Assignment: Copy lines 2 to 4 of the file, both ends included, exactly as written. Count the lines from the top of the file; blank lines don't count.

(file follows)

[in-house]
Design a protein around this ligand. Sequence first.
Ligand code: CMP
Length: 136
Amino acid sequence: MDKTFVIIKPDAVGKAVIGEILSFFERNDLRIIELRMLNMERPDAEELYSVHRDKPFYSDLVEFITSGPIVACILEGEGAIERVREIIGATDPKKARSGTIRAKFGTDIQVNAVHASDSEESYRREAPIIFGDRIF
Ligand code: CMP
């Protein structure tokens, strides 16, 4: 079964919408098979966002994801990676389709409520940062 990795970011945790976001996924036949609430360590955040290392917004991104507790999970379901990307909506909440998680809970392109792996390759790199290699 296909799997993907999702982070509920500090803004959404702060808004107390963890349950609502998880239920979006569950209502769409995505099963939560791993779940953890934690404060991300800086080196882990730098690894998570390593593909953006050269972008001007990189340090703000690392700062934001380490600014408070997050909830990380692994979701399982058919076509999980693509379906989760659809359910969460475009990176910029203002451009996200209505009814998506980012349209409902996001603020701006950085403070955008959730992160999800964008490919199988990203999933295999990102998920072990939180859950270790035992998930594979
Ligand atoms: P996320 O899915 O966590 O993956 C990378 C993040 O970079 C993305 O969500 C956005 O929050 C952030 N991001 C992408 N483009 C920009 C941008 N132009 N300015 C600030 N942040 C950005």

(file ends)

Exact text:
Design a protein around this ligand. Sequence first.
Ligand code: CMP
Length: 136